The Anoka County Board is expected to take a second vote on a racino resolution. But this time, the board is likely to back slot machines at Running Aces.
With the flip of one vote, a racino proposal that seemed out of the running when the Anoka County Board voted against it 12 days ago now appears to be a sure bet.
Commissioner Jim Kordiak, who voted against the racino proposal, said last week that he will bring a new racino proposal before the board Tuesday and says he has the four votes needed to pass it.
The debate over whether to allow slot machines at the state's two racetracks has heated up as politicians at the Capitol eye them as one way to fund a new Vikings stadium. In Anoka County, a racino could also mean as many as 500 new jobs at Running Aces Harness Park in Columbus, with an additional 500 temporary construction jobs, according to Commissioner Dan Erhart.
Racinos would require Legislative approval, so the Anoka County Board proposal is only a show of support. Still, it's an issue that sharply divides the board, which voted 4-3 against it on Nov. 8.
"If putting slot machines in our racetracks is a way to add to our tax base, and possibly add jobs, I think we need to have an inclusion of racino in the legislative packet," said Kordiak, who said he voted against it Nov. 8 because he needed more time to consider the matter. "The city of Columbus wants racino, the city of Forest Lake wants racino and the Northwest Area Chamber of Commerce has come out in support of racino. I think we need to support them."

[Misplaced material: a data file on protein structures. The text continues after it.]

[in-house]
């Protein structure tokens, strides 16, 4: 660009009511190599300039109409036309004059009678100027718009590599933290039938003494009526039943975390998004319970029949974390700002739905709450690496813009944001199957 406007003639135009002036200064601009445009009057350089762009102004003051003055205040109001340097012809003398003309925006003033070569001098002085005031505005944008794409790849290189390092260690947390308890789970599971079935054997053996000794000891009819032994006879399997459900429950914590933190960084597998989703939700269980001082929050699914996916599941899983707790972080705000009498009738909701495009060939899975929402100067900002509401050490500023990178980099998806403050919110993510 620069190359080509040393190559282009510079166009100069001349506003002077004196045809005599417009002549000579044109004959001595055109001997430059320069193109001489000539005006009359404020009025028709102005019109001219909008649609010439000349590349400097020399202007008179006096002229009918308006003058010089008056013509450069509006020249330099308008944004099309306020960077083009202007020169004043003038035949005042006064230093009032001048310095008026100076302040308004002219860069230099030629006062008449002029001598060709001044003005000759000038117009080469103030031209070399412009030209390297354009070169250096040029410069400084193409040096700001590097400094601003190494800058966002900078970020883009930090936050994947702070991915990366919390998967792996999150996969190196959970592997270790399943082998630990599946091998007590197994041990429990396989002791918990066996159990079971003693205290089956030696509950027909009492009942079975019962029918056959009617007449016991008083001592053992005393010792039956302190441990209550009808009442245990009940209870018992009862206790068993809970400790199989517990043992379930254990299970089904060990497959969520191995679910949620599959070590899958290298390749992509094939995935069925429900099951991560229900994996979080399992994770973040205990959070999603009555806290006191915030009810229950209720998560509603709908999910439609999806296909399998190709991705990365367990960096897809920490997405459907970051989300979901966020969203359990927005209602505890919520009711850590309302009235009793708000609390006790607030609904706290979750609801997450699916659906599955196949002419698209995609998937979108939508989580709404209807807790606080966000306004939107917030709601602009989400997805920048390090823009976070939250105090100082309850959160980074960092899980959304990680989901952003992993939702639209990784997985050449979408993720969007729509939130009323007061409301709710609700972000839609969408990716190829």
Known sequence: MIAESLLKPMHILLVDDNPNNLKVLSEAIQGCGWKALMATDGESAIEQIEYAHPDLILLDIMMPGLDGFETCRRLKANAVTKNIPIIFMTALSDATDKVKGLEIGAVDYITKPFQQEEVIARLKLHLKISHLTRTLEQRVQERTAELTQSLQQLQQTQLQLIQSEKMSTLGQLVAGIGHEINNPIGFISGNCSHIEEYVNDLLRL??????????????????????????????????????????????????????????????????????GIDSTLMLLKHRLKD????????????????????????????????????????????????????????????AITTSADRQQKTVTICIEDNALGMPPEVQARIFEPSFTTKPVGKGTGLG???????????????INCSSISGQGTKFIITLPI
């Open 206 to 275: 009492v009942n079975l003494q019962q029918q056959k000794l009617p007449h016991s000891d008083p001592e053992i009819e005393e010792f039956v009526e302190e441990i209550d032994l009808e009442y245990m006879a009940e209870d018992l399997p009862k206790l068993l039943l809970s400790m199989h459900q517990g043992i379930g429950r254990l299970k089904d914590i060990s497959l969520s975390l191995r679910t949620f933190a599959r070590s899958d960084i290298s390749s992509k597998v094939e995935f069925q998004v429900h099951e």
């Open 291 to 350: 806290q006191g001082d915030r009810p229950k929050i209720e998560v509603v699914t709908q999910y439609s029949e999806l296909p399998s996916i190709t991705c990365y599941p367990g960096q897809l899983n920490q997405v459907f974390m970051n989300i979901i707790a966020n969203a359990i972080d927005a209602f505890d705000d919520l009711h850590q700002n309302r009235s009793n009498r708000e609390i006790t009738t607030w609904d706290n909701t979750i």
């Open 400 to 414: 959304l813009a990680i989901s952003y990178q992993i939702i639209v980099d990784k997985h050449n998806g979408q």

But Rhonda Sivarajah, chairwoman of the County Board and a racino opponent, said Friday the proposal threatens to divide the board and "drive a wedge" between the county and the Legislature.
"I don't see how voting on racino helps us," Sivarajah said Friday. "We met with legislators the other day and they asked us, 'Why do you feel the need to weigh in on this matter?' We're weighing in on a divisive issue."
Adding 500 jobs
When Erhart proposed supporting racino on Nov. 8, he ignited a political powder keg. Matt Look, one of four board members to vote against the proposal, later called Erhart's motion a "calculated ploy to divide this board."
Sivarajah, who has sparred with Erhart on a variety of issues for years, agreed, but never mentioned Erhart by name. Instead, she emphasized that the County Board's opinion, while valued by local legislators, won't necessarily sway their votes. She prefers to focus on other issues for which the county has lobbied at the Capitol.
"We have a pretty narrow legislative package," she said. "We were elected to focus on an area over which we have impact and control. When everything is a priority, nothing is a priority."
Racino should be a priority, said Commissioner Andy Westerberg, who voted for the Nov. 8 proposal. Westerberg, who sides with Sivarajah and Look on other issues, emphasized that racino offers the state an opportunity to earn revenue from gambling that's now unavailable from Indian-run casinos.
Kordiak said he has spoken to commissioners Carol LeDoux, Westerberg and Erhart and he said they have told him they will vote with him on a proposal showing the County Board's support of racino. Robyn West, Look and Sivarajah are expected to vote against it, as they did last time.
"I didn't want the vote to take place the last time because I thought we needed more time," Kordiak said. "I felt that because of that, I had to vote against it. And I regretted it the second I did it."
Paul Levy • 612-673-4419